It is our view that public rights of way exist on the access roads to the fishing station and thereby to the beach, and also down towards Leyton Cottage and onwards to the beach. These ways are not on existing maps, but it is normal in Scotland that public rights of way exist in many places where they are not documented. It is sufficient in law that a route meets the conditions for the establishment of a way – it then exists, regardless of whether it is on any official record, convenient as the latter may be. We think that past patterns and volumes of public use on these routes, along with the longevity of such use, makes the case for public right of way status.

 

If these additional developments were to proceed, this would change the context for public access, as the developer would be able to promote a greater degree of exclusivity, which would not in our view be in the wider public interest, given the land reform context of the 2003 Act.

 

There are reports that compulsory purchase order procedures may be deployed in the future, but we have no clear confirmation that this will happen. We are surprised that this could be considered a possible way forward, and would encourage the Council not to take this course of action.

 

Yours sincerely,

   

John Mackay

Vice-Chairman

 

Cc Sonya Galloway, Planning Officer

Cattle and public access

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The death last month of a dog walker on the Pennine Way in Yorkshire has highlighted the dangers of cattle, particularly when dogs are present. In the incident last month it appears that cows were panicked by the sight of the walker’s two dogs and stampeded, trampling the walker to death. The cows behaved aggressively because they were with their calves. Former Home Secretary, David Blunkett, was injured earlier in June by a charging cow when he was out walking with his guide dog, and another dog walker was killed by stampeding cattle in Suffolk last year.


The advice in the Scottish Outdoor Access Code is not to take your dog into fields where there are lambs, calves or other young animals. However, if you go into a field where cattle act aggressively and move towards you, the advice is that you should let the dog go and take the shortest, safest route out of the field.

The Health and Safety Executive has issued guidance on cattle and public access in Scotland (Agriculture Information Sheet No 17S). This advises farmers on the precautions they can take to ensure the safety of the public.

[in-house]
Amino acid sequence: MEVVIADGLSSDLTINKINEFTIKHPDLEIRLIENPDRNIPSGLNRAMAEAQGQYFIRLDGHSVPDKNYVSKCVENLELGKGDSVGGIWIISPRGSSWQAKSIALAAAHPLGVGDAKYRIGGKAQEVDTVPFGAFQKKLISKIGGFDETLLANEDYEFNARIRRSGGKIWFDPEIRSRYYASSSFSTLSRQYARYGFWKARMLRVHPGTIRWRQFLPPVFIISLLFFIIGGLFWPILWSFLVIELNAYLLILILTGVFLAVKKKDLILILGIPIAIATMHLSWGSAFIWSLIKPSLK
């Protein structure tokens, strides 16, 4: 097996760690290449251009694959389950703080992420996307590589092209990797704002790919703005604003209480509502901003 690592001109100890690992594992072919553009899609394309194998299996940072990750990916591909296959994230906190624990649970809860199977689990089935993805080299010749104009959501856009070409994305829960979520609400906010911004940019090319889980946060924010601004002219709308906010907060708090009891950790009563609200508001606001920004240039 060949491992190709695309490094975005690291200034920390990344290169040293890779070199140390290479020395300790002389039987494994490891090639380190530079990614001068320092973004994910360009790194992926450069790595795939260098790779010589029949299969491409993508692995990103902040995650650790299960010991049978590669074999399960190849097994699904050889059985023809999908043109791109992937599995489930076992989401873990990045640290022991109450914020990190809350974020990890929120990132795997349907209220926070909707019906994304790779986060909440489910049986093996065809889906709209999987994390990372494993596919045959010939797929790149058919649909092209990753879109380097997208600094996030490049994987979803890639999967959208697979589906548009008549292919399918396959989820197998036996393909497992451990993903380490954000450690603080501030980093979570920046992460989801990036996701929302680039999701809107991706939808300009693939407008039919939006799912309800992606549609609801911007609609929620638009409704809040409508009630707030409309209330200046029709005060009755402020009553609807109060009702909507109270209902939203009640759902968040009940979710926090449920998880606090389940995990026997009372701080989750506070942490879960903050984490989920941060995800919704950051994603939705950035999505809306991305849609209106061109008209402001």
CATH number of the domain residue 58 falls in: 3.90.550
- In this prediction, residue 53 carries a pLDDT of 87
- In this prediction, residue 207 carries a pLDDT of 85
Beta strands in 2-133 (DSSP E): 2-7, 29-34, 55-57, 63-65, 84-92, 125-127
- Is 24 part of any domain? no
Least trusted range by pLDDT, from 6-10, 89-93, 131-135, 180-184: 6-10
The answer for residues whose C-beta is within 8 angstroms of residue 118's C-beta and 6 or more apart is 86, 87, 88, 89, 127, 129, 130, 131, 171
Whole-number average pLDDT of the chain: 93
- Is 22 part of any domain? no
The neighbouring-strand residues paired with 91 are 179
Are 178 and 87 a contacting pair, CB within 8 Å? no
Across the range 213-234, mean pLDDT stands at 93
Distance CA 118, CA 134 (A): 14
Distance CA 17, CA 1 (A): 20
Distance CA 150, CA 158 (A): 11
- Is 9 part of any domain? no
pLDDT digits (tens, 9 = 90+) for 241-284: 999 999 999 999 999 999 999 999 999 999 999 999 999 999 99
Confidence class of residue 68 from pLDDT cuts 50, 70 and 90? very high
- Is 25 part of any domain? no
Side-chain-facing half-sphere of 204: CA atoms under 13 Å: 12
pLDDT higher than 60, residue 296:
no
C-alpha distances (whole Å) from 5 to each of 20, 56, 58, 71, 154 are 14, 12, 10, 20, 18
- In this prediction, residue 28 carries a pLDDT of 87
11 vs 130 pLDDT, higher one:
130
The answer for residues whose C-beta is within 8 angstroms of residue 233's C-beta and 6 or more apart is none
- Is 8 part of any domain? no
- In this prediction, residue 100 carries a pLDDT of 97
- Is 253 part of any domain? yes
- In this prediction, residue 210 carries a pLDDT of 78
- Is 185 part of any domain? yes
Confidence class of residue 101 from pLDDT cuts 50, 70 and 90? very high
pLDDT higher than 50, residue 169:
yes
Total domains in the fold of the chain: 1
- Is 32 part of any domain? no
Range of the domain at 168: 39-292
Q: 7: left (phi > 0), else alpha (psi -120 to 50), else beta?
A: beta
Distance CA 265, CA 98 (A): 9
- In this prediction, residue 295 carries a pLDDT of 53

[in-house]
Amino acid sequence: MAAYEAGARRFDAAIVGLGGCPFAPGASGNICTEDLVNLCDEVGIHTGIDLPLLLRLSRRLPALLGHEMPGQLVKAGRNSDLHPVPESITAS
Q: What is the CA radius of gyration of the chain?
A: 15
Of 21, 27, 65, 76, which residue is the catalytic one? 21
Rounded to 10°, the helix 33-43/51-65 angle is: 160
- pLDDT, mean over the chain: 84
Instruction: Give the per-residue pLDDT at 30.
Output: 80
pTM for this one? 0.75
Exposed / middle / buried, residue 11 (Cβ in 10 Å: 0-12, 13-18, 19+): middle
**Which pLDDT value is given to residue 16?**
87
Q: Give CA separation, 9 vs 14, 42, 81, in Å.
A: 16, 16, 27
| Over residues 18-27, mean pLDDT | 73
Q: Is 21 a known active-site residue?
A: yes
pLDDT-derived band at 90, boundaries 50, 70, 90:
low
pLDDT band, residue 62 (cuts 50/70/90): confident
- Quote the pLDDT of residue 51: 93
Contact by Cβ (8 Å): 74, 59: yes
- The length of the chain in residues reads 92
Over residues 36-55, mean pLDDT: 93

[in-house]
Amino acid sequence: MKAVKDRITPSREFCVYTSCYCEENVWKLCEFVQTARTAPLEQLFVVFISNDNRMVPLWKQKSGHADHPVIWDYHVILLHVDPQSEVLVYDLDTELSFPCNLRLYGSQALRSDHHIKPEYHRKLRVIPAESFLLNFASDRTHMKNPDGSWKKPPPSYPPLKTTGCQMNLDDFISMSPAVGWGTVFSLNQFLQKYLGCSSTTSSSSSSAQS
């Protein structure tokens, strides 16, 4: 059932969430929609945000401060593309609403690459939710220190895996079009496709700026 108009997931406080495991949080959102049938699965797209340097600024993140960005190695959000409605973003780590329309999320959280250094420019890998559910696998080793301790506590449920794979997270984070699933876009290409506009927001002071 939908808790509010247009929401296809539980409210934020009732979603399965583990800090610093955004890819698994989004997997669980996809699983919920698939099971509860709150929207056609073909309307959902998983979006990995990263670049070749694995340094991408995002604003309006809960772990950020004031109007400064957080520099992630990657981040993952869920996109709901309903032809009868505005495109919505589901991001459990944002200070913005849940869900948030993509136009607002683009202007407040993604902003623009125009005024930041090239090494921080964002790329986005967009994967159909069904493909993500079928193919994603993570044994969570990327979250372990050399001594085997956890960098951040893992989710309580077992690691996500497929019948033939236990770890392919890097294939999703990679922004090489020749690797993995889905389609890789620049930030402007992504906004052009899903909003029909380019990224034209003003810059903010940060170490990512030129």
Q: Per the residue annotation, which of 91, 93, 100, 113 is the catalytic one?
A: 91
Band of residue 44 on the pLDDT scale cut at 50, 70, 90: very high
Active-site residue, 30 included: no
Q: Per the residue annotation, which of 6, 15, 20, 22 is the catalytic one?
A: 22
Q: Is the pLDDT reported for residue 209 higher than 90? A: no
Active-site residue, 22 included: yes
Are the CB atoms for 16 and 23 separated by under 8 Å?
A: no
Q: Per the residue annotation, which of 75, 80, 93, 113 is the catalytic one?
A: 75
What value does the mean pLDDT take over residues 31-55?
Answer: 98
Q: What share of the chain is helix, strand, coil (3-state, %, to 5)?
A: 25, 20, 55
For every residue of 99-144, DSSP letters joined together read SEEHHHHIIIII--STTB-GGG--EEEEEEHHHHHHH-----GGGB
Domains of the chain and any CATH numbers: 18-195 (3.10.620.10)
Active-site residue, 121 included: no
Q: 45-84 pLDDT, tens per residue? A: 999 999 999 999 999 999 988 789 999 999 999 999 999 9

If a walker is injured by cattle, the farmer may have to pay compensation if he has not taken adequate precautions to protect the public. In a recent English court case (Shirley McKaskie v John Cameron, Blackpool County Court, 1st July 2009) a dog walker successfully sued a farmer for damages for injuries she suffered when attacked by a herd of cows as she was crossing a field.

Scottish Planning Policy Consultation – ScotWays Response

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As part of our work at ScotWays we comment on planning applications all over Scotland where we think there may be an adverse impact on public access. When making our comments we often refer to the Scottish Government’s planning policy documents, such as Scottish Planning Policy 11 – Open Space and Physical Activity, which includes the key phrase “Access rights and core path plans are material considerations in determining applications for planning permission”.

ScotWays recently submitted detailed comments to the Scottish Government in response to their consultation on the proposal to replace 17 existing planning policies, covering different issues, with a single, more concise, Scottish Planning Policy (SPP). In some respects we think that the proposed new Policy does not give sufficient protection to public access or to protection of the landscape which is of vital importance for enjoyment of the outdoors. We have made a number of suggestions for revisions of the draft Policy to deal with these issues.

The consultation period closed on 24th June and we await the outcome with interest. If you would like to view our full response, you can download the complete document from this website, just click on the ‘Downloads’ tab above. If you would like to read more about the SPP consultative draft, visit http://www.scotland.gov.uk/Publications/2009/04/01132105/0.